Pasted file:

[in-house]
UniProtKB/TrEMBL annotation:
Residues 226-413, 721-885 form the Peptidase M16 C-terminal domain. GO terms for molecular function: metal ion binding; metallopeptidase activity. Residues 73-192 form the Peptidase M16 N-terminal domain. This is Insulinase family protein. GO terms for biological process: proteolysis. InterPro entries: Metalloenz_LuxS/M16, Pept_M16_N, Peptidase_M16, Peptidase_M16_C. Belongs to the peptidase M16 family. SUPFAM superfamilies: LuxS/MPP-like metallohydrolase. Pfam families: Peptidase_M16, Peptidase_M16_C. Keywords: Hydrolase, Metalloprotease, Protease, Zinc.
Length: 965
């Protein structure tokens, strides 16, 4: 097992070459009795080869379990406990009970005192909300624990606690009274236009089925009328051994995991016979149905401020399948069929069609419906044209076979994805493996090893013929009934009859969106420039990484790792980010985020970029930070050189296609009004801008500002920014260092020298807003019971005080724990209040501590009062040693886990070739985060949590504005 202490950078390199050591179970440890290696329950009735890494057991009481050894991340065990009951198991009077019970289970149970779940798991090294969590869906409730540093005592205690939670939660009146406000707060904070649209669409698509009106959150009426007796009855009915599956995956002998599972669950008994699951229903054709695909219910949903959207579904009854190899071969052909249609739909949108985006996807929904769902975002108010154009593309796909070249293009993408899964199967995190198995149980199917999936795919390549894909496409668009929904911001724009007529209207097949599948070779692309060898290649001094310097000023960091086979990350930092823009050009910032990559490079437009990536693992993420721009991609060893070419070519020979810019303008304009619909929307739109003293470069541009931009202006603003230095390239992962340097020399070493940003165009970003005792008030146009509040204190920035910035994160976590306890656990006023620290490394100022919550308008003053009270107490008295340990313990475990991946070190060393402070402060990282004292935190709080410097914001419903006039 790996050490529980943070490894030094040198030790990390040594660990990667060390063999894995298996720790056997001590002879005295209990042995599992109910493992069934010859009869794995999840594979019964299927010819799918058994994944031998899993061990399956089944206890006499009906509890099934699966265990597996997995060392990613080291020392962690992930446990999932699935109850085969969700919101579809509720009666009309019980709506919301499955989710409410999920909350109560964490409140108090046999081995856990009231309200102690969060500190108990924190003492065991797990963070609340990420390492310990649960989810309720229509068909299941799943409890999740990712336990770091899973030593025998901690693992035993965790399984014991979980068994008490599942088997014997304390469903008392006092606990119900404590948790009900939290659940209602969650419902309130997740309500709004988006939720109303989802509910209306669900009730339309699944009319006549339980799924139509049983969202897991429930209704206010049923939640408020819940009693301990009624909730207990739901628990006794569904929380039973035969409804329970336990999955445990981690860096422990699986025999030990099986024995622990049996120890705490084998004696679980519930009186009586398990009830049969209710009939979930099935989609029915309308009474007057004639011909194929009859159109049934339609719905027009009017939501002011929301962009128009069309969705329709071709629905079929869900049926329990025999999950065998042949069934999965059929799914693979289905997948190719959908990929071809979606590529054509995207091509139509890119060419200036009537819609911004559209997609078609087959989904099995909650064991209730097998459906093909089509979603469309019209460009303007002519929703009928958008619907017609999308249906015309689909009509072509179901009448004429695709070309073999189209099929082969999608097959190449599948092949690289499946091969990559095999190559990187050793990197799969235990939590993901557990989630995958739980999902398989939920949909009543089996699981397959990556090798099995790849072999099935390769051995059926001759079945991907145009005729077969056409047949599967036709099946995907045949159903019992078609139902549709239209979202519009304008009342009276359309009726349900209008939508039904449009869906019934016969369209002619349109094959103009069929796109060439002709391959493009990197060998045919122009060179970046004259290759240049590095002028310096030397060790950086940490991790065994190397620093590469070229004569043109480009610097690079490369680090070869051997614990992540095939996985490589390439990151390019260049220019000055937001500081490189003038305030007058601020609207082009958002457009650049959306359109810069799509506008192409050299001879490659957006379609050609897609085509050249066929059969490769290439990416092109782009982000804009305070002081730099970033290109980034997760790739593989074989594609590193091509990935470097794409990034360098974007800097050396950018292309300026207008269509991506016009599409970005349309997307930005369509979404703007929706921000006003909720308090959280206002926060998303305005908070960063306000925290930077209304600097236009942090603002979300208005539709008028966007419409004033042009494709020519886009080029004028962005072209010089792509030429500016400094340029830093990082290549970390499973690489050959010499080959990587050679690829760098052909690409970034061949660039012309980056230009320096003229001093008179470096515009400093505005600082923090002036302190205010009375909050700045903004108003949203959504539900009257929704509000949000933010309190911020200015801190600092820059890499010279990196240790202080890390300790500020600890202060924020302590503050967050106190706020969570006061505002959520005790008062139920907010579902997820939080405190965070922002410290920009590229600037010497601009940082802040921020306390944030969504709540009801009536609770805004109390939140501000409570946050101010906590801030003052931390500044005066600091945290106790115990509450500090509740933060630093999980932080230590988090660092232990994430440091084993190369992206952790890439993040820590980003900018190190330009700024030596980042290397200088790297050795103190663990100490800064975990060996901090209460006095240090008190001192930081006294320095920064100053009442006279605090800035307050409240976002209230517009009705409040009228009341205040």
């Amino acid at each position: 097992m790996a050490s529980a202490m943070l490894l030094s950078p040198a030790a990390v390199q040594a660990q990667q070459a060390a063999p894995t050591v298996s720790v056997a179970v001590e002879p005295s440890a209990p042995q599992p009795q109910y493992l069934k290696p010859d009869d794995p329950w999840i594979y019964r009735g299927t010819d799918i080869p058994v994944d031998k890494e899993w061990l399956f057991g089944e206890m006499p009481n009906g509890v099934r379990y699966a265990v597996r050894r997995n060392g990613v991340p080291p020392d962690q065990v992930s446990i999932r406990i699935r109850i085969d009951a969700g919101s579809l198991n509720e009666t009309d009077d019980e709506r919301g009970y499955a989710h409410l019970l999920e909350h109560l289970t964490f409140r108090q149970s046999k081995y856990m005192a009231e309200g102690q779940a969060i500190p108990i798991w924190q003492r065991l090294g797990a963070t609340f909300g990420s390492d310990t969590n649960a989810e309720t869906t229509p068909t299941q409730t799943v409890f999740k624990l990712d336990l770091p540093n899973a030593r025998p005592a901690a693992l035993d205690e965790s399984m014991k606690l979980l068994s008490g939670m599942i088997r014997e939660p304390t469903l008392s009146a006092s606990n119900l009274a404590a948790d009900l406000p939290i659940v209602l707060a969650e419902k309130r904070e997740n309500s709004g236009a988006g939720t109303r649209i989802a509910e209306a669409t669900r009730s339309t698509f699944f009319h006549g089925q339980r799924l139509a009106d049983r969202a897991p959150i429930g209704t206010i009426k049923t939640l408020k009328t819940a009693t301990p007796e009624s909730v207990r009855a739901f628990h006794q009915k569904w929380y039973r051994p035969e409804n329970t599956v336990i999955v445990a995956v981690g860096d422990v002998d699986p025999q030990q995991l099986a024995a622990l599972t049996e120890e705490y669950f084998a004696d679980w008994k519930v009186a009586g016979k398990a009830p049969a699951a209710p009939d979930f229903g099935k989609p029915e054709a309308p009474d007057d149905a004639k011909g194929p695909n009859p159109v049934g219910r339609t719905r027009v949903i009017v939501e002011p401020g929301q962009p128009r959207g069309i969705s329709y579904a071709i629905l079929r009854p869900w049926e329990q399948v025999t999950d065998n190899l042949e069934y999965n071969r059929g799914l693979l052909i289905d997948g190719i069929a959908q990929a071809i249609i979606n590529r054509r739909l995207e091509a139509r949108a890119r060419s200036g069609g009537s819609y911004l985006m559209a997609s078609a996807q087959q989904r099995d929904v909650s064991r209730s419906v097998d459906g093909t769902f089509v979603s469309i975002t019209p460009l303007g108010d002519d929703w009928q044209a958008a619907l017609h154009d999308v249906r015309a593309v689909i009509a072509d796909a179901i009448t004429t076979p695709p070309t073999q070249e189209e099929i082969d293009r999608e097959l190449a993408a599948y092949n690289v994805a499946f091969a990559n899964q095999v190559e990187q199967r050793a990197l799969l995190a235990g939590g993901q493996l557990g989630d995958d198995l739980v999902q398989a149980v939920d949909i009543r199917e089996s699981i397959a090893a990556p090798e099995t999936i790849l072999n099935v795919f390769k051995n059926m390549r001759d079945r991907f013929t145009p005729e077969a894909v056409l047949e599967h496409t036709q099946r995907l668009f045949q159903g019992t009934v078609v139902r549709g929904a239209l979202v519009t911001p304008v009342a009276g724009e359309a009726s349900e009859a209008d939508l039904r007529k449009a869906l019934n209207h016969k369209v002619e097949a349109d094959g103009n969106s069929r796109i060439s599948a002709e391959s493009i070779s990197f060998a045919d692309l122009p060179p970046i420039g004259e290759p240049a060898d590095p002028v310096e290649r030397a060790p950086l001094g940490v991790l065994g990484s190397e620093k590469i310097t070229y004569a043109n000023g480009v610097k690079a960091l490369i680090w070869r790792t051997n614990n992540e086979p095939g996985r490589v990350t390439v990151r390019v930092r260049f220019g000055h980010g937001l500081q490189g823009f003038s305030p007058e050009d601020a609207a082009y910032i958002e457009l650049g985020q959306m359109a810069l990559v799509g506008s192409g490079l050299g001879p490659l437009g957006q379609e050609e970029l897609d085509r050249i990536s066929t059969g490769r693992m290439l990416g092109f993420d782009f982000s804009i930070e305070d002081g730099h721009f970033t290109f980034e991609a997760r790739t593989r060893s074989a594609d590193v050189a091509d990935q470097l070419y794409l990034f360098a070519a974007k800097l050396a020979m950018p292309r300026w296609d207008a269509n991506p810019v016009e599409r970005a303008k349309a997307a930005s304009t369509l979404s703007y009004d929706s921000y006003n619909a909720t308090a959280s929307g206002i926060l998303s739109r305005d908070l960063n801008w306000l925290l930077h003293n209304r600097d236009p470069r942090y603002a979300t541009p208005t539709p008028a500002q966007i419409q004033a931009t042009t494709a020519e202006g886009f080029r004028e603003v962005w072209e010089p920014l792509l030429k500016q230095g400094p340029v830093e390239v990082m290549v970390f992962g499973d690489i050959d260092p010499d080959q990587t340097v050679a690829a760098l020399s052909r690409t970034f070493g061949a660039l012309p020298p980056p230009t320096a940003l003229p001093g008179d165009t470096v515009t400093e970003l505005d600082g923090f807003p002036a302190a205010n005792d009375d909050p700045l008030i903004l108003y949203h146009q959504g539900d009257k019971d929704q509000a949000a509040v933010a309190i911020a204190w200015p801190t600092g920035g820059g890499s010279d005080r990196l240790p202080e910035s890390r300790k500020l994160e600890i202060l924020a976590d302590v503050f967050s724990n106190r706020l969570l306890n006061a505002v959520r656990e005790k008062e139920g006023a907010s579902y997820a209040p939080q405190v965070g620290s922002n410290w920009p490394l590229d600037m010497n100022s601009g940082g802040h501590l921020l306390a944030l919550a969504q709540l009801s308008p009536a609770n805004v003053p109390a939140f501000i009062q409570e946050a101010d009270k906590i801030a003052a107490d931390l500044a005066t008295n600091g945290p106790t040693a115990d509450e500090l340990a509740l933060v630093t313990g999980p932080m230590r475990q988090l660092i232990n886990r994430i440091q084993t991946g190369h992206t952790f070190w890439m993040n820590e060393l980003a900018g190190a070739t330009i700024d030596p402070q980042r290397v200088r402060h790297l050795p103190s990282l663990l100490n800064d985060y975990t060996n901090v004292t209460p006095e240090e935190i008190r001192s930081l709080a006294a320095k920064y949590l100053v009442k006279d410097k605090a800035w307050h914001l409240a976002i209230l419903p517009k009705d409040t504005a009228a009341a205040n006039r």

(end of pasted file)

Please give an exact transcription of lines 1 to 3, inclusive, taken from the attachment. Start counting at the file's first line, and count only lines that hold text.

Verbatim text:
[in-house]
UniProtKB/TrEMBL annotation:
Residues 226-413, 721-885 form the Peptidase M16 C-terminal domain. GO terms for molecular function: metal ion binding; metallopeptidase activity. Residues 73-192 form the Peptidase M16 N-terminal domain. This is Insulinase family protein. GO terms for biological process: proteolysis. InterPro entries: Metalloenz_LuxS/M16, Pept_M16_N, Peptidase_M16, Peptidase_M16_C. Belongs to the peptidase M16 family. SUPFAM superfamilies: LuxS/MPP-like metallohydrolase. Pfam families: Peptidase_M16, Peptidase_M16_C. Keywords: Hydrolase, Metalloprotease, Protease, Zinc.